Last week, I had the honor of participating in a panel discussion about how health care entities deal with reported compliance concerns at the ABA’s 16th Annual Conference on Emerging Issues in Healthcare Law. The panel was made up of experienced health care attorneys with broad and long-standing health care experience: Richard Westling, current First Assistant U.S. Attorney in the Eastern District of Louisiana; Lesley Ann Skillen, an experienced relator/whistleblower attorney with Getnick & Getnick LLP; Gabriel Imperato, a long-time health care defense attorney at Broad & Cassel; and me.
It became clear during our panel preparation sessions that we could have talked for hours. Richard, Gabe and I each have been on both sides of the equation: government and defense. Lesley has worked with potential qui tam whistleblowers for years. We all concurred that the advent of false claims acts, and resulting qui tam filings, has radically changed the compliance landscape: what may in the past have been perceived as a Medicare or Medicaid administrative issue could well be the subject of a qui tam and subject a company to civil or criminal investigation at a state and/or federal level. The question is not whether a company has a compliance plan, it is how the company actually addresses a compliance issue when that issue is first raised internally that may dictate how the matter is ultimately viewed and treated by government enforcers.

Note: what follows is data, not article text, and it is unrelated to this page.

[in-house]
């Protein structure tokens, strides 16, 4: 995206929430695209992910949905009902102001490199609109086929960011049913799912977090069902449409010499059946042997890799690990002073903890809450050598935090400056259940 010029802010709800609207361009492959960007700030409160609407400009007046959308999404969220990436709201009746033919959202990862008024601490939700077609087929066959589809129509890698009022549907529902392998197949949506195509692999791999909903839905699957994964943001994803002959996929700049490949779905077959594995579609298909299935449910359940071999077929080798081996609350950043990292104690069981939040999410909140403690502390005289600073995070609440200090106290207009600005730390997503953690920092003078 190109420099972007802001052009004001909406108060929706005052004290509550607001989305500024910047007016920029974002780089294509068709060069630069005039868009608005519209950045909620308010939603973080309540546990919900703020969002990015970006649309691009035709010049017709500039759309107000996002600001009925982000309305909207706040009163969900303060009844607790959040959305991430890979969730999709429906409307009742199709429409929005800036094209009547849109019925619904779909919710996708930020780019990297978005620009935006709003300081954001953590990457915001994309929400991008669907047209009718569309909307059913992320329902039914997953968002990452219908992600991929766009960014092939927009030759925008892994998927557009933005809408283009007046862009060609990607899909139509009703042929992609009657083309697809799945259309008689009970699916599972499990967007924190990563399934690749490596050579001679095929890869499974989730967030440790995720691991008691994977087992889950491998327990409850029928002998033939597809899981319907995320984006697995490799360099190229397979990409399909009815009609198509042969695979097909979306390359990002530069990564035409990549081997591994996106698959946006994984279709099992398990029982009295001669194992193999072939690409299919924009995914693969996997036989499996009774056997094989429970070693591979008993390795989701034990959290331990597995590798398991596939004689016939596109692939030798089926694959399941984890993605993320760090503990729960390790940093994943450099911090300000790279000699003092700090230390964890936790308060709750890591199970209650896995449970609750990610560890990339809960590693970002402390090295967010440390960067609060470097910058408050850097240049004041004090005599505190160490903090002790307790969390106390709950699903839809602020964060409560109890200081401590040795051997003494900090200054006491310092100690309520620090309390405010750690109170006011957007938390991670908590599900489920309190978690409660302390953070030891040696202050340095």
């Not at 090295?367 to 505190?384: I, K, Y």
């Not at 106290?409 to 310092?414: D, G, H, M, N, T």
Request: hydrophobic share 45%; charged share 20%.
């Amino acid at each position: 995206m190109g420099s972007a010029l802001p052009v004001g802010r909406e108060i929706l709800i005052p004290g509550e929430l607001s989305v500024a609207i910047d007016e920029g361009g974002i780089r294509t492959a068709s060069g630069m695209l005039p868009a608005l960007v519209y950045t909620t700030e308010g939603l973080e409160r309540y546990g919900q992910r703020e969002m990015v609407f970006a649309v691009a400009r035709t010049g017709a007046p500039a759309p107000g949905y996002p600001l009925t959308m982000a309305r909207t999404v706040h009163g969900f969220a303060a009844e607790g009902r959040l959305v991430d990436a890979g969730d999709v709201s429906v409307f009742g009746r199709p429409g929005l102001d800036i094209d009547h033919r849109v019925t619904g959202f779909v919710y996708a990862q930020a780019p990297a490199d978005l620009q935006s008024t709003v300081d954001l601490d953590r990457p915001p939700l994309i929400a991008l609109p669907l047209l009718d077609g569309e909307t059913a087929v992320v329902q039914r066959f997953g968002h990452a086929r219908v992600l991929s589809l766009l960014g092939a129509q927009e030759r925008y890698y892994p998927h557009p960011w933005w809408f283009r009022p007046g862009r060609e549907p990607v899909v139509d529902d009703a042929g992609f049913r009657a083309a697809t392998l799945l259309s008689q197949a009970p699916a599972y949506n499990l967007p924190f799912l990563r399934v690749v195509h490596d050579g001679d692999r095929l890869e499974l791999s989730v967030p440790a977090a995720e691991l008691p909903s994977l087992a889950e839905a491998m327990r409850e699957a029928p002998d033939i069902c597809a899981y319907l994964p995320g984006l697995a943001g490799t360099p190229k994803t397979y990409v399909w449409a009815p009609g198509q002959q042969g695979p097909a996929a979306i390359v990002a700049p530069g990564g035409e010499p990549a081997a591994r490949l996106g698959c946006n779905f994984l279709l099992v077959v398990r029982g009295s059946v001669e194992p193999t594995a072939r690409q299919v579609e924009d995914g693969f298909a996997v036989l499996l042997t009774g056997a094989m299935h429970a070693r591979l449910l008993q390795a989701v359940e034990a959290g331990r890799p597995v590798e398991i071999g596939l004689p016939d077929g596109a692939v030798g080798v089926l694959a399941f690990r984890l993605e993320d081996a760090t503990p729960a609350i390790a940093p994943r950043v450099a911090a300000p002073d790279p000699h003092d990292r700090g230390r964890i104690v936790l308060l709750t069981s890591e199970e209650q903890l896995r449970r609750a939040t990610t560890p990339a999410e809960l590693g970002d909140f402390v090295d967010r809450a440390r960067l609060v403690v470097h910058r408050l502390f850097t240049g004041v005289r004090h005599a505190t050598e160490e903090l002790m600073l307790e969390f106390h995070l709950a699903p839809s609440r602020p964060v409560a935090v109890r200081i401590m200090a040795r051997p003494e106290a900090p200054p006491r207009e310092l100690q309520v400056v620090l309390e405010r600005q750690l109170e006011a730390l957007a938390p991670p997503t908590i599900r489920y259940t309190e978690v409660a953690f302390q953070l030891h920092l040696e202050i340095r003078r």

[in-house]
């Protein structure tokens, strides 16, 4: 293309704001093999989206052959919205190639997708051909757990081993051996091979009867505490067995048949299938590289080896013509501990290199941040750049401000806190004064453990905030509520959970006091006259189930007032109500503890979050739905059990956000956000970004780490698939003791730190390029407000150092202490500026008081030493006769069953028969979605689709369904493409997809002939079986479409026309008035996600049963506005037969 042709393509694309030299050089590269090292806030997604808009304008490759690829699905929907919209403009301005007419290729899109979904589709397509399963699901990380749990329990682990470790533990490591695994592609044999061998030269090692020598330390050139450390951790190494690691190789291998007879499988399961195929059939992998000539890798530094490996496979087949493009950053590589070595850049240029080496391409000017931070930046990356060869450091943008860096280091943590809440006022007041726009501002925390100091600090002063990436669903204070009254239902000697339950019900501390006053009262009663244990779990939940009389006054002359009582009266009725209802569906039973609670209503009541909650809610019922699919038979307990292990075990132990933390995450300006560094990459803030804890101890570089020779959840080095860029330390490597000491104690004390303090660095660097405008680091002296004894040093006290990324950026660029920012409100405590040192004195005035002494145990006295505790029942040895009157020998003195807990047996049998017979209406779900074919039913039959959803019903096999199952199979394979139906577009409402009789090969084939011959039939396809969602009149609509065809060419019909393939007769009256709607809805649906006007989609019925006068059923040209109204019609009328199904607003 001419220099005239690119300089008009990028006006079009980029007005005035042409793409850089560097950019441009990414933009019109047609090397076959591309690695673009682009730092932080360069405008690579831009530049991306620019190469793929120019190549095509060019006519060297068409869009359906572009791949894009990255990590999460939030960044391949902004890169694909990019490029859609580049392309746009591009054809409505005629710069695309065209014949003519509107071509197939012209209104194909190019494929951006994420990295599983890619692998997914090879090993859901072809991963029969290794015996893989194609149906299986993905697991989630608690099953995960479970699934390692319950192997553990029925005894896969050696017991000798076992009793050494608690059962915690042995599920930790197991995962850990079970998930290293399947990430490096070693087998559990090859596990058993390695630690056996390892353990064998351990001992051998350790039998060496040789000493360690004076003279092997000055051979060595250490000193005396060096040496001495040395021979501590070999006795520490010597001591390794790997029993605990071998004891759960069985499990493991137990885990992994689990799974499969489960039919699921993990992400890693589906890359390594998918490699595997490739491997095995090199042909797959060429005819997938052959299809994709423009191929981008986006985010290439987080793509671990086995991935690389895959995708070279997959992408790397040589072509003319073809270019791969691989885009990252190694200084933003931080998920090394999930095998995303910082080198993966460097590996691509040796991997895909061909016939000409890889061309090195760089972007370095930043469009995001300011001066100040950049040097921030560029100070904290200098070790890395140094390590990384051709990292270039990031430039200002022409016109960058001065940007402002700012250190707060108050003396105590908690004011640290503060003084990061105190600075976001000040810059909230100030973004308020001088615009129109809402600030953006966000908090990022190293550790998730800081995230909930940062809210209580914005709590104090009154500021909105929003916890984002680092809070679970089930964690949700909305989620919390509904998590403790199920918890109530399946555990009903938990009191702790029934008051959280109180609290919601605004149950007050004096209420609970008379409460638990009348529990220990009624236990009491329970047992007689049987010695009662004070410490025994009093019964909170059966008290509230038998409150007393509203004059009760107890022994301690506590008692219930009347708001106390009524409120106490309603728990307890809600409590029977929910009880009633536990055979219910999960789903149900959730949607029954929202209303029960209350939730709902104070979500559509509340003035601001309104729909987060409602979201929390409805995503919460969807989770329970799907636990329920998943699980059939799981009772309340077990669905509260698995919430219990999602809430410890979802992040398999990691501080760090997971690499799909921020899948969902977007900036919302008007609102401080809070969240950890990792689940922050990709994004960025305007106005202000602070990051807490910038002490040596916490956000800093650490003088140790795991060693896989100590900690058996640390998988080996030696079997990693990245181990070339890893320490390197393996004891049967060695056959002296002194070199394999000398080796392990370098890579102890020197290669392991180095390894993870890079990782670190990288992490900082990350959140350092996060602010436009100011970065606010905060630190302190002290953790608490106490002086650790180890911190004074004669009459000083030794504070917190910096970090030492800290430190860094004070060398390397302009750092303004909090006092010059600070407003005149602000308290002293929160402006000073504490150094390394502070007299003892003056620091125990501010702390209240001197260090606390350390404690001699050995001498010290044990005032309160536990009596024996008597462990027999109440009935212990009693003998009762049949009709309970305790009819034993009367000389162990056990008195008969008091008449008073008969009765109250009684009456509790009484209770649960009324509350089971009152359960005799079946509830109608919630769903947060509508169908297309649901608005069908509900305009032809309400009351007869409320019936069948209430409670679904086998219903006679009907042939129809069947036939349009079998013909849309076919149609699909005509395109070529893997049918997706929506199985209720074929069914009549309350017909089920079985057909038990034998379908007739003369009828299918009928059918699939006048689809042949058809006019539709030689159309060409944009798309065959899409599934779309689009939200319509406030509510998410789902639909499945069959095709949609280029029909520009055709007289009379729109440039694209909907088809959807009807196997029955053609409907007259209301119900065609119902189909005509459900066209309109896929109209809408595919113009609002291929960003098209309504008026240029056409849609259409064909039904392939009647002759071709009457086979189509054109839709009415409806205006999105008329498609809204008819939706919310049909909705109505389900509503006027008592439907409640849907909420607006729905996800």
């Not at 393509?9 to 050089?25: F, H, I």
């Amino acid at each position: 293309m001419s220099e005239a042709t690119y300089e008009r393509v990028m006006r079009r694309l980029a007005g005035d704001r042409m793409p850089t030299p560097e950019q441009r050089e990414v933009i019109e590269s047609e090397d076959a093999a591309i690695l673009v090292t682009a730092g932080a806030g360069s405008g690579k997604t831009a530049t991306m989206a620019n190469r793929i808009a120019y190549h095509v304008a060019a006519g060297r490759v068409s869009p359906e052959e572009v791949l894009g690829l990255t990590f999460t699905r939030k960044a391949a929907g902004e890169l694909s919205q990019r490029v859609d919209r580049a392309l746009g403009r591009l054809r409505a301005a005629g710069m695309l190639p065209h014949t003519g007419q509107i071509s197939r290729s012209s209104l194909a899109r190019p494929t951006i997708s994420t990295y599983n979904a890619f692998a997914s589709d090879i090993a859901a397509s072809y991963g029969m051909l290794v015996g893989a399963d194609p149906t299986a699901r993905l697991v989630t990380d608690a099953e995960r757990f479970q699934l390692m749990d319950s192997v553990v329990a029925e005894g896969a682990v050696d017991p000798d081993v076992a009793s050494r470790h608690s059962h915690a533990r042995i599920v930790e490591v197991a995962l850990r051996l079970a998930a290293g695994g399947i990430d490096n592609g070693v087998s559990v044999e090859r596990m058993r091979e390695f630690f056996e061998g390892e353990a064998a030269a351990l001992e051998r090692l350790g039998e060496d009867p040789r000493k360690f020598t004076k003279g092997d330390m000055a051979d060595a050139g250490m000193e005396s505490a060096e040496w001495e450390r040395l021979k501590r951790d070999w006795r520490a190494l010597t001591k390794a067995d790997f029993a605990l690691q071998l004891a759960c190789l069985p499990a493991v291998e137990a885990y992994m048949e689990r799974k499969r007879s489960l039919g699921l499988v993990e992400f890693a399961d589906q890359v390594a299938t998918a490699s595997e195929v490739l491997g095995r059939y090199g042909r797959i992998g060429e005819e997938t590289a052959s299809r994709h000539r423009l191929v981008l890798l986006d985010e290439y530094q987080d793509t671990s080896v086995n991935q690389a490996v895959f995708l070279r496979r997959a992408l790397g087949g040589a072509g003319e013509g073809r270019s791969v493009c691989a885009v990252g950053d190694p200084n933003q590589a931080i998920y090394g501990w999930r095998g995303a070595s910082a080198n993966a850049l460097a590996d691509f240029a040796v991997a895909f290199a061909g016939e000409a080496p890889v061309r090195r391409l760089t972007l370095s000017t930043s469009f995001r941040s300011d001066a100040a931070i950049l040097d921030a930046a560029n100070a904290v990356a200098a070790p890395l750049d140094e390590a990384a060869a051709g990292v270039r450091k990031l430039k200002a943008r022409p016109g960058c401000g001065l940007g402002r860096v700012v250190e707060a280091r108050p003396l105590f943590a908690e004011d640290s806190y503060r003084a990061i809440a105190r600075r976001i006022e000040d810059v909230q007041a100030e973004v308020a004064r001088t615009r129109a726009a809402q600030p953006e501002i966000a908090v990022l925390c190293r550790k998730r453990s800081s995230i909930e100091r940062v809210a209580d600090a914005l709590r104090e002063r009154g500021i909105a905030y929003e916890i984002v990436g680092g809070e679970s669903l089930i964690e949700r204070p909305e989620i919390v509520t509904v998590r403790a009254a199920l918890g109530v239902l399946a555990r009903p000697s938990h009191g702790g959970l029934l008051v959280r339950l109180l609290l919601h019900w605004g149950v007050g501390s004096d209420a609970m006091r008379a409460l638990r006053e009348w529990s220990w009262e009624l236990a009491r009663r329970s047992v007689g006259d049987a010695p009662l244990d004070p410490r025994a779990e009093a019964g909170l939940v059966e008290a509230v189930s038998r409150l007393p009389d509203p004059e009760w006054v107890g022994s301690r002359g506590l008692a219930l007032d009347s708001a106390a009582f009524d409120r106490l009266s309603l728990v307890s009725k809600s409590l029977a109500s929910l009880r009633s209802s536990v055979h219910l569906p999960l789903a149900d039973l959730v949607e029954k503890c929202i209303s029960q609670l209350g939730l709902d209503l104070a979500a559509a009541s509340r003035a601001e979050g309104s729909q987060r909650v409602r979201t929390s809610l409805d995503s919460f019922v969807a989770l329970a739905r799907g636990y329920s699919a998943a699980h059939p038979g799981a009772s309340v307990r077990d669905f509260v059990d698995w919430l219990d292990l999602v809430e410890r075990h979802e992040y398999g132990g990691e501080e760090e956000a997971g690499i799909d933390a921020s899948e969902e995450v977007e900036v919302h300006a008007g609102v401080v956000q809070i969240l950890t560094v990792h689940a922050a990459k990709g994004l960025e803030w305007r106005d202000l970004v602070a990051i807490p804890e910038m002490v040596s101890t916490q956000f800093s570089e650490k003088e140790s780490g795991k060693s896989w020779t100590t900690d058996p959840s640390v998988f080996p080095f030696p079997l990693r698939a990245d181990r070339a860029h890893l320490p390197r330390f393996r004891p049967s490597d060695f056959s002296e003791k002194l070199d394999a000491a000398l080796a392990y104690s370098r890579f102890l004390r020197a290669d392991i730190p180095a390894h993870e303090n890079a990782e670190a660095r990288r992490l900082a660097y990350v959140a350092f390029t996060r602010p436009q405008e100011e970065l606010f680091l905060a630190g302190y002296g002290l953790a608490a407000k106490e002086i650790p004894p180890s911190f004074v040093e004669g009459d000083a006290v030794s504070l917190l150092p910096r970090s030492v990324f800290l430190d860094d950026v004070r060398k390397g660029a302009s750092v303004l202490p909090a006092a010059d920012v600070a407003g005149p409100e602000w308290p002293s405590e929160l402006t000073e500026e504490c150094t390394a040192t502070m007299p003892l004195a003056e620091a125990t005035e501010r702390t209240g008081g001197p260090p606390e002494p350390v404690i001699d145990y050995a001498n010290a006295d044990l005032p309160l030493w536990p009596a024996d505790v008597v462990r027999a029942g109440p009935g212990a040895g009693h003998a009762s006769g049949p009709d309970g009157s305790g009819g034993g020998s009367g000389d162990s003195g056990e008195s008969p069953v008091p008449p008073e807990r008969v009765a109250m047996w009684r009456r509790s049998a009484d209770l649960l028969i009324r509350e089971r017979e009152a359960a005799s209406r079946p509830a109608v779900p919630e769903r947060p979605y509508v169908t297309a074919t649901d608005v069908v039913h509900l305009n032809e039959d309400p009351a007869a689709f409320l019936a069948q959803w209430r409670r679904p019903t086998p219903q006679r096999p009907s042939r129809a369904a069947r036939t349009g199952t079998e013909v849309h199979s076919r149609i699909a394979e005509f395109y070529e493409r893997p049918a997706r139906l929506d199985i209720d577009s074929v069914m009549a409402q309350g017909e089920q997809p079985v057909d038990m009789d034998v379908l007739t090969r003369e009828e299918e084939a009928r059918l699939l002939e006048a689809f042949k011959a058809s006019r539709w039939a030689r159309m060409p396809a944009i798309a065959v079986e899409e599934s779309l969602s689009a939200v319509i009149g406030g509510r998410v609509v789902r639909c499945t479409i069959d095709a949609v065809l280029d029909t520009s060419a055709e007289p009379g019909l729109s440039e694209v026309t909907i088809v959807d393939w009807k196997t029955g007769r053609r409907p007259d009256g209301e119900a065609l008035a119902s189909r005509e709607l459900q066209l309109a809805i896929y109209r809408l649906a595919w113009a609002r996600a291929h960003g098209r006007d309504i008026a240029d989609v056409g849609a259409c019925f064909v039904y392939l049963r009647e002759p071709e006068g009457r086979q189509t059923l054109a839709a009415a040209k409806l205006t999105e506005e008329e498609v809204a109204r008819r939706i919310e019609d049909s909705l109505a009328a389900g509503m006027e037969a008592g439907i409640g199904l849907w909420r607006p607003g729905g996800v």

In advance of the panel, Lauren Moldawer and I authored a paper entitled Corporate Grief: The Six Stages of Coping with a Reported Compliance Problem. In my experience, many health care entities deal with a reported compliance problem in stages that mirror the stages of grief:
- Denial: We didn’t do that
- Disavowal: We didn’t understand; the rules are vague
- Disclaimer: The government said it was ok
- Deflection: Everyone else does it
- Blame: It was X’s fault
- Bargaining/Acceptance: Ok, but can we just deal with the future, not the past?
Our paper contains ideas for working through each of those six stages as well as recommendations for fostering a “culture of compliance” in dealing with reported compliance concerns. Our recommendations won’t eliminate the possibility that a qui tam will be filed based upon a reported compliance concern, but based upon input from my co-panelists I believe they may reduce the odds.